Struts must be measured and cut precisely in order for the dome to take proper shape. So for anyone who has to deal with the challenges of the dome's actual physical construction, fewer lines make for fewer struts and much easier assembly.

So although software might be able to calculate enormously intricate domes, in reality, only a few basic designs usually wind up in the real world. More complex plans – that is, those with great frequency -- require struts of many varying lengths, and as such they are more difficult to put together.

Once a dome design is ready to go, builders select the desired materials. Dome struts may be high-strength metal alloys, or more traditional wood members. The nodes, or hubs, that connect struts are often steel.

After the framework is complete, it must be covered. The triangle panels are generally made of plywood, plastics or concrete. The interior of the dome is often lined with insulation and finished with triangular sections of drywall or wood.

With a smart dome plan, there’s no limit as to how high those triangles will go. Keep reading to find out more about how domes are built and how Fuller’s geodesic creations took on gigantic proportions -- and then went up in flames.

Dome "daddy" Bucky Fuller liked to think outside the box -- literally.

Nancy R. Schiff/Hulton Archive/Getty Images

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Fuller's Fantastic (and Sometimes Flaming) Domes

Logical, thoroughly planned domes can accomplish feats that other construction techniques cannot. As evidence, there’s the mammoth dome that helped hurtle geodesic domes to celebrity status.

In 1953, the Ford Motor Company hired Bucky Fuller to create a dome that would enclose a central courtyard at the company’s headquarters. The gap over the courtyard was 93 feet (28 meters) across, and traditional building techniques would make a gigantically heavy dome that would crush its supporting walls.

Enter Fuller and his geodesic designs. He convinced the Fords that his plan would weigh less than 10 tons (9 metric tons) and cost much less than an old-fashioned dome. Within months, Fuller had disproved all of his doubters by finishing the project ahead of schedule, covering the opening above the courtyard as planned. Engineers around the world were amazed, and Fuller became famed for his expertise.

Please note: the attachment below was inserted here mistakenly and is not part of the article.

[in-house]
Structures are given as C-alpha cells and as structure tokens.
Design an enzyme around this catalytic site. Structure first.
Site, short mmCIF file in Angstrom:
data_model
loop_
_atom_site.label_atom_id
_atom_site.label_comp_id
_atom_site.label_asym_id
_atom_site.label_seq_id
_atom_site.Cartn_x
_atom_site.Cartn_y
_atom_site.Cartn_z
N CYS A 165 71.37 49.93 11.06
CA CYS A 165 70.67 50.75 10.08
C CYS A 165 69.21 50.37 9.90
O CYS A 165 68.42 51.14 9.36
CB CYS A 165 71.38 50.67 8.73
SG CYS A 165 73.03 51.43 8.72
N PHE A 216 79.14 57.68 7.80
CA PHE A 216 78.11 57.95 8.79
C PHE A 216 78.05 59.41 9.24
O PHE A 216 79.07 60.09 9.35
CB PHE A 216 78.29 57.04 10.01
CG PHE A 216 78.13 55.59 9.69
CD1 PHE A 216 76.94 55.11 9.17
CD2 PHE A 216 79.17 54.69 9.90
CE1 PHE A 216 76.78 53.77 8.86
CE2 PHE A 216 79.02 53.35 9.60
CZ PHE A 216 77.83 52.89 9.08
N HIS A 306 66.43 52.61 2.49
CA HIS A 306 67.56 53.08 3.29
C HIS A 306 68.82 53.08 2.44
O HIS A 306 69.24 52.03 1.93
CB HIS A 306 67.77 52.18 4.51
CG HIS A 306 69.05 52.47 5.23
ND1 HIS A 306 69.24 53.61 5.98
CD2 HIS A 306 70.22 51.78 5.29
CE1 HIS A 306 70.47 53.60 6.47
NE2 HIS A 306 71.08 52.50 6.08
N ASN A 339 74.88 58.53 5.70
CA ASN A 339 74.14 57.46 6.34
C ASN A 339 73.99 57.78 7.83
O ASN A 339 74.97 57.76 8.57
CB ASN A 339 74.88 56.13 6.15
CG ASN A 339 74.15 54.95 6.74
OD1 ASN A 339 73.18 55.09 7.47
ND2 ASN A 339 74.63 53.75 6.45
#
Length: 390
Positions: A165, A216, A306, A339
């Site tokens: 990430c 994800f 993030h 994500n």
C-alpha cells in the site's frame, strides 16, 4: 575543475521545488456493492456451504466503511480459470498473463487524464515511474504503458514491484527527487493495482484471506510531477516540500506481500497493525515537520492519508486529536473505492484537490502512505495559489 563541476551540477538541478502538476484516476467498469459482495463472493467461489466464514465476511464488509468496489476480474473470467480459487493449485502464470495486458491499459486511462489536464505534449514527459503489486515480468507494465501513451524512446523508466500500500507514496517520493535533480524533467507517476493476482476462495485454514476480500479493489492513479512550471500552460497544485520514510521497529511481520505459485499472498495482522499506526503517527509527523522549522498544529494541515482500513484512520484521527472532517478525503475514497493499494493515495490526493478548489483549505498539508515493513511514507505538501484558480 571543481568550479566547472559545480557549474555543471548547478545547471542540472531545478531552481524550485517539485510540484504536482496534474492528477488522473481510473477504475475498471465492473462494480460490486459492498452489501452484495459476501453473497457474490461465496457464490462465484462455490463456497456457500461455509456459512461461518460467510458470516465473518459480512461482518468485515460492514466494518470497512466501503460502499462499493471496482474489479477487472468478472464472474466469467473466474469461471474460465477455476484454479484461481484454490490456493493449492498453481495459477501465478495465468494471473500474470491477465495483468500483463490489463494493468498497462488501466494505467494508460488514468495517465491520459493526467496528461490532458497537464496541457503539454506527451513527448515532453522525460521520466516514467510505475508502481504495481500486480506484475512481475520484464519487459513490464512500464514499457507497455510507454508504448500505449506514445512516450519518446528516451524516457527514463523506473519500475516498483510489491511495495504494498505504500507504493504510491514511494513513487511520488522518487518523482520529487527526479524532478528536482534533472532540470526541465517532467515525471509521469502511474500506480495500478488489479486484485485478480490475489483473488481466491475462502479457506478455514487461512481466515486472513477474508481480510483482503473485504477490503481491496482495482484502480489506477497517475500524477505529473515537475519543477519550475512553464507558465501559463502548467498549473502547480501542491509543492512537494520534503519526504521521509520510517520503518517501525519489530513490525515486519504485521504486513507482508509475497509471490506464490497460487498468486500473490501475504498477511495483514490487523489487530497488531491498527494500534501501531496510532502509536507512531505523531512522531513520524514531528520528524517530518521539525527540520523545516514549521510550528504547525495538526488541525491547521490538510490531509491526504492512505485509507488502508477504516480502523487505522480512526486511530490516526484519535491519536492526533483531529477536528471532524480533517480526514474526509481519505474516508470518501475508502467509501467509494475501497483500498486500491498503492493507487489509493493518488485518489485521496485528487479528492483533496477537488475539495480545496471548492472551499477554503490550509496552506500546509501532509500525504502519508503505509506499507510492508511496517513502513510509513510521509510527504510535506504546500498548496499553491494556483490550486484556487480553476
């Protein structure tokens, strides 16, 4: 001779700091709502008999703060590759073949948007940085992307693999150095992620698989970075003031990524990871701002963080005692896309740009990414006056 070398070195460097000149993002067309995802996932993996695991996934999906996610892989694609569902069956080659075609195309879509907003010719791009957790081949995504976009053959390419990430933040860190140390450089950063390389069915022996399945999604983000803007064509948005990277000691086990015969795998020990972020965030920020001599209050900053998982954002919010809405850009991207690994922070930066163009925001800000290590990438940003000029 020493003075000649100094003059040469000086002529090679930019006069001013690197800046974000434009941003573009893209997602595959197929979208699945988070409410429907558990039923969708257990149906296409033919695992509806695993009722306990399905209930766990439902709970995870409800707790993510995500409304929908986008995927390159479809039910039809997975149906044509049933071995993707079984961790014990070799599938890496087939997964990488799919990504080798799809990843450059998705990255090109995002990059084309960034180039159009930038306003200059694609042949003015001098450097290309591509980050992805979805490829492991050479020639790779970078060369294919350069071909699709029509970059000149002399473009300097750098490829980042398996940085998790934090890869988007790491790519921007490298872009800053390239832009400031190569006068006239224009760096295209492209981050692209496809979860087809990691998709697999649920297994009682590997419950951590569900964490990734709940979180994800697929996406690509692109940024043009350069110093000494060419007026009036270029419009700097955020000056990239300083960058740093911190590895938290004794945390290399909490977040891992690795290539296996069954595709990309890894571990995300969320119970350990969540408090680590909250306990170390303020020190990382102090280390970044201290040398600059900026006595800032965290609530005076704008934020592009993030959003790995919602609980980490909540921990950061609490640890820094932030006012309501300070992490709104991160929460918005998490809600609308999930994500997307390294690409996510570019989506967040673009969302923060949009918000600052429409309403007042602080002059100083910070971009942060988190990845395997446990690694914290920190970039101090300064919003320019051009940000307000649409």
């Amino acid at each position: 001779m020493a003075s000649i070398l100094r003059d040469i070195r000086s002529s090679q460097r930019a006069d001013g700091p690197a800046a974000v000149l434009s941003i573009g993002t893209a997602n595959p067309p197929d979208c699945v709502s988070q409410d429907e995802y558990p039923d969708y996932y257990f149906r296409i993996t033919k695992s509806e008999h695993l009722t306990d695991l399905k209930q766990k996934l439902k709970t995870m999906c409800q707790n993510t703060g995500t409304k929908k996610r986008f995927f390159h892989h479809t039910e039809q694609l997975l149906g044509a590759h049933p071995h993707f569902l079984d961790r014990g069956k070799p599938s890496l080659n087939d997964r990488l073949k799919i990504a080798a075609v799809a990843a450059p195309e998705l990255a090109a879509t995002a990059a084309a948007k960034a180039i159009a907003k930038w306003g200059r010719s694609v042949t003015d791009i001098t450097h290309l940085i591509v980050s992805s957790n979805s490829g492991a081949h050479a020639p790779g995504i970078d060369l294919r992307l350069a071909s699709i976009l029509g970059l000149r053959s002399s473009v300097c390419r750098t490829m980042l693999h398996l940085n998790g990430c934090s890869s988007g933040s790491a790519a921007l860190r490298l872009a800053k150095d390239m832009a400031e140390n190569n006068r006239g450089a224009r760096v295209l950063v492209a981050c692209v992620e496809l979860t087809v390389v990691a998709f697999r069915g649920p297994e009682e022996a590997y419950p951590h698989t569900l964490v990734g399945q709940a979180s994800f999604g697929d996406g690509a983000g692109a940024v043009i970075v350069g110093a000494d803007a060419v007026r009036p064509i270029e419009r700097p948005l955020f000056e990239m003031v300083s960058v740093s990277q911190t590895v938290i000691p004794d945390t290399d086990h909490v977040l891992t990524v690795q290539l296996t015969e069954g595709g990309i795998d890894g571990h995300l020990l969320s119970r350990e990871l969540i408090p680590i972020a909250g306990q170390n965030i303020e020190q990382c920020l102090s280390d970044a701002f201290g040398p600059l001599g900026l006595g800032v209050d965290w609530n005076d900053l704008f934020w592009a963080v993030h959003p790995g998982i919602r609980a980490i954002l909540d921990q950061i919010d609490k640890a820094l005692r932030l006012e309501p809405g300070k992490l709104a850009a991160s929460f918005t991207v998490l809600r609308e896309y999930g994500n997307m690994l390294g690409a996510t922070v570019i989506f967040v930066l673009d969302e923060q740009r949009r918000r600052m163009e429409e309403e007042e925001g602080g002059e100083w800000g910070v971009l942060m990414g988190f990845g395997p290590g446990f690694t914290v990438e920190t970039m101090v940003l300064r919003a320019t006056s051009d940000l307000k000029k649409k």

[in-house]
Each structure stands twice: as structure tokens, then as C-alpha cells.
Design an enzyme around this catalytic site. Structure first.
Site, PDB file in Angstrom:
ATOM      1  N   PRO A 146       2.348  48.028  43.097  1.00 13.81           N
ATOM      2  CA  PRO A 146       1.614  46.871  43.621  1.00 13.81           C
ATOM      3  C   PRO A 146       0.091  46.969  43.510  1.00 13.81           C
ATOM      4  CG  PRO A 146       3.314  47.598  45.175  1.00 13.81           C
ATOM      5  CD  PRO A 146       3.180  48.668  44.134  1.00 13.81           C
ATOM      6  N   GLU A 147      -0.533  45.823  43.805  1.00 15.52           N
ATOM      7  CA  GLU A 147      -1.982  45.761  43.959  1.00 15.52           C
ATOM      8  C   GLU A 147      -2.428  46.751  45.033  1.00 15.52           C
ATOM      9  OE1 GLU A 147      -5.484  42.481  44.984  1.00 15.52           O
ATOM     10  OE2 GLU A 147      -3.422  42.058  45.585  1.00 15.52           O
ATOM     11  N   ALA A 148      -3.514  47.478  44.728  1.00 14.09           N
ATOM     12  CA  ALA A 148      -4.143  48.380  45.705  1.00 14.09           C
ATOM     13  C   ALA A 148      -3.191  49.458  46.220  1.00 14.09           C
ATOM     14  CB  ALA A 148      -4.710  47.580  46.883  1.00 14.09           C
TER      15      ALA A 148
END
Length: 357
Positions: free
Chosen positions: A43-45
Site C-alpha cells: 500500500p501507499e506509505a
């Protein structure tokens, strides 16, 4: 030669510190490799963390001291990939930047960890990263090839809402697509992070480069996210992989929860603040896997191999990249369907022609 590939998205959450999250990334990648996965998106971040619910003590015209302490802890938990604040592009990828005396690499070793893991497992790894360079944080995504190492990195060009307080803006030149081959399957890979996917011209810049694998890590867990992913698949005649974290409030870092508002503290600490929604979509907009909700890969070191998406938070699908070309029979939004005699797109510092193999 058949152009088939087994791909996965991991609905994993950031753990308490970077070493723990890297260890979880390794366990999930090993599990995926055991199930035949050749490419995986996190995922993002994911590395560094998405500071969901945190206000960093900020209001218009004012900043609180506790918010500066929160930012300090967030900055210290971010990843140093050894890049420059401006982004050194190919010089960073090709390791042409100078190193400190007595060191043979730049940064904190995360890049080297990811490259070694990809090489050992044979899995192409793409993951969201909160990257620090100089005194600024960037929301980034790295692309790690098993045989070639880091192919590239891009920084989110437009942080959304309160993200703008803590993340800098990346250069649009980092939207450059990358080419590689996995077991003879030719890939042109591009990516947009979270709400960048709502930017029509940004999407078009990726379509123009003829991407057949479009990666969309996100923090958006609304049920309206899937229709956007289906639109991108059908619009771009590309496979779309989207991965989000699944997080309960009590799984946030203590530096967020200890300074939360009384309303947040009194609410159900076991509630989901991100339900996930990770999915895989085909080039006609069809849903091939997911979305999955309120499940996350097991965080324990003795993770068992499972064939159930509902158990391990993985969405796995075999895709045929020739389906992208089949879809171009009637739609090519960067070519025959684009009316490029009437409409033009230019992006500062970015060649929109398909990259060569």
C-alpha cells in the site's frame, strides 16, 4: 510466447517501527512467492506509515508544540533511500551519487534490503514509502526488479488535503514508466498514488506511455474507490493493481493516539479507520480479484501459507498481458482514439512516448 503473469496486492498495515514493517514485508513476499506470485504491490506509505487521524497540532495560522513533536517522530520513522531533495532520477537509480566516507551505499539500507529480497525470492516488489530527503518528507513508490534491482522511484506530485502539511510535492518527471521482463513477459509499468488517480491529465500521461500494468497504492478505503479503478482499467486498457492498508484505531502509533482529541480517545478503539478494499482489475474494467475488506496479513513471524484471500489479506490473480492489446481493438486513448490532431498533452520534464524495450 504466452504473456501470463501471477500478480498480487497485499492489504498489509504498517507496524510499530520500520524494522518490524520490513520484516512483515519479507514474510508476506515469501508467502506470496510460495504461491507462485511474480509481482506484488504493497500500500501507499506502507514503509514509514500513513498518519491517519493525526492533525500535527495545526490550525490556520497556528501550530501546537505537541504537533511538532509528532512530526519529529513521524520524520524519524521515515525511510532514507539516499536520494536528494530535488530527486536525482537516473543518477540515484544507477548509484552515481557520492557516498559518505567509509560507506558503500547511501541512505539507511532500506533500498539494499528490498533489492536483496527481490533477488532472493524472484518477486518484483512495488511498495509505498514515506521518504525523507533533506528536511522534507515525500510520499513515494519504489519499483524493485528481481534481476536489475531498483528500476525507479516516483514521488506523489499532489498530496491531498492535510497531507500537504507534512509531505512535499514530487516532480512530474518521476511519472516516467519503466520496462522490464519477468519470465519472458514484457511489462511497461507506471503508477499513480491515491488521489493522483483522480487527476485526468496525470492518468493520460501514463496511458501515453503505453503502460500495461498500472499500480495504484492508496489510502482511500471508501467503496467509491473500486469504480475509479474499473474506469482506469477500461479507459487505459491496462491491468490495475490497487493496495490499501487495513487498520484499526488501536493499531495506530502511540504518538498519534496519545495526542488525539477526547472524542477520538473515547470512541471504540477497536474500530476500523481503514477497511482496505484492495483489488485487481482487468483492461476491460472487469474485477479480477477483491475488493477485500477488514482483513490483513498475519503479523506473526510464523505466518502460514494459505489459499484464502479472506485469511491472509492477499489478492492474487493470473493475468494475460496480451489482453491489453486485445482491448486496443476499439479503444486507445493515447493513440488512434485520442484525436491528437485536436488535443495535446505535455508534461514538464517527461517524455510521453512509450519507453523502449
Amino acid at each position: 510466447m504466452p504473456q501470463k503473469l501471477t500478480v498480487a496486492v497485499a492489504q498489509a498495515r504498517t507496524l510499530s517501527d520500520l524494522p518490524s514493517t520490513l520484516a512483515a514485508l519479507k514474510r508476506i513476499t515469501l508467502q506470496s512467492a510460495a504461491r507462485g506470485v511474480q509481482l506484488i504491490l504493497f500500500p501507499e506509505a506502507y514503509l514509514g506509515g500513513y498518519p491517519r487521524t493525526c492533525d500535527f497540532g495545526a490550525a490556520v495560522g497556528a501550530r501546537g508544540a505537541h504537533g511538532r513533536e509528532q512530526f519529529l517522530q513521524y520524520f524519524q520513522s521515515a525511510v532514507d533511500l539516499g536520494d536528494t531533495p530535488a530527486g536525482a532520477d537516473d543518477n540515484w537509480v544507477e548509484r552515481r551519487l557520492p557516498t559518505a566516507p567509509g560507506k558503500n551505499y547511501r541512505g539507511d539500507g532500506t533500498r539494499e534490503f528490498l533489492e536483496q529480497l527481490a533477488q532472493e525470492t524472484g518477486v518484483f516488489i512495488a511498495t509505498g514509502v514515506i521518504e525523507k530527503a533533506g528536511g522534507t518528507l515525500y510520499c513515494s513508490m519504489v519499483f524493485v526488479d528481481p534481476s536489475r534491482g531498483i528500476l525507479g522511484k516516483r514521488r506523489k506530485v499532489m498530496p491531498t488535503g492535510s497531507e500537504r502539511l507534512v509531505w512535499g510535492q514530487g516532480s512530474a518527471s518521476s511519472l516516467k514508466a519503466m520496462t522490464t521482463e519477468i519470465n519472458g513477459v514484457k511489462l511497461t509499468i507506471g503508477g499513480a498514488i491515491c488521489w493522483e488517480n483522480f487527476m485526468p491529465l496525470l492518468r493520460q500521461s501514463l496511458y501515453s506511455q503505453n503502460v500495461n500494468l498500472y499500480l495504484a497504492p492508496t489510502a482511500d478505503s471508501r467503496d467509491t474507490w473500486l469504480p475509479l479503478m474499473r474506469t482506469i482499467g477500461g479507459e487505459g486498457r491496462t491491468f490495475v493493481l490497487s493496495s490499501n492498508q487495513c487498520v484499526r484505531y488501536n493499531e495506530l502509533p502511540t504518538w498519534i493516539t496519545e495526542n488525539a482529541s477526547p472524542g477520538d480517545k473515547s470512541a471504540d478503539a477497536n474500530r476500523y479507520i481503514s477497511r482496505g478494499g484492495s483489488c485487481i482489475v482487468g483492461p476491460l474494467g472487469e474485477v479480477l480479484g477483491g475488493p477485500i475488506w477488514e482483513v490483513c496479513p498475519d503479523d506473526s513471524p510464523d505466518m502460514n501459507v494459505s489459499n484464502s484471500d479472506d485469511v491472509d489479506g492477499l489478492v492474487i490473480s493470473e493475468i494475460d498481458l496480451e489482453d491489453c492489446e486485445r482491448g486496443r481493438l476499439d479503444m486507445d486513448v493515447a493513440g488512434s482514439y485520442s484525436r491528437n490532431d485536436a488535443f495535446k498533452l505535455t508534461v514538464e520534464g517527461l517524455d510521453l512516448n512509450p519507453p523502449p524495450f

A few years later, a leak was spotted in the dome, and a team was sent to fix it. Unfortunately, they accidentally set the dome on fire and it was destroyed. No matter -- Fuller’s idea had already taken hold.

He was later hired to create what would become one of his most famous domes, this time for the 1967 International and Universal Exposition in Montreal. This 250-foot (76-meter) dome was nearly 200 feet (62 meters) tall and served as an architectural centerpiece to the fair.

Fuller liked to think big. After his success at Ford, he even speculated that a huge dome could cover part of Manhattan Island. The dome would moderate temperatures, and equipped with air filters, could keep people healthier by lowering germ and virus counts. What’s more, Fuller thought the dome would pay for itself by eliminating the cost of snow removal. His audacious idea never quite caught on, though.

Not all domes are built with immensity or grandeur in mind. Some are very practical. On the next page, you’ll read all about how some imaginative homeowners trade blocky, rectangular houses for domes, sweet domes, as homes.

The Long Island Green Dome has a high ceiling interlaced with wooden struts that add to its aesthetics.

Image courtesy Kevin Shea

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Dome Sweet Dome Home

In the 1960s and 1970s, counterculture was all the rage, and newfangled geodesic domes fit that anti-mainstream vibe. Many people viewed strong, eco-friendly, inexpensive domes as the homes of the future, and they were ready to ditch traditional right-angled, squared construction for triangle-based houses.

The benefits seemed obvious. Spheres enclose a maximum of space with a minimum of materials, and they don't require interior supports. Their aesthetic appeal for many people is undeniable; the high ceilings and open feeling can make them attractive, and it's easy to build lofts inside for partial second-floor space.

The spherical design results in highly efficient and effective air circulation in both summer and winter. Less surface area makes these buildings less susceptible to temperature changes, and thus, inexpensive to heat and cool as compared to rectangular homes. The aerodynamic exterior means cold and warm air flows around the structure instead of forcing its way into the interior.

They are so easy to assemble from kits that do-it-yourself types without construction experience can assemble color-coded kits in just a day or two with the help of friends. These kits may include wooden struts or metal alloy parts, but either way, the components are lightweight and don't require cranes or other high-powered equipment.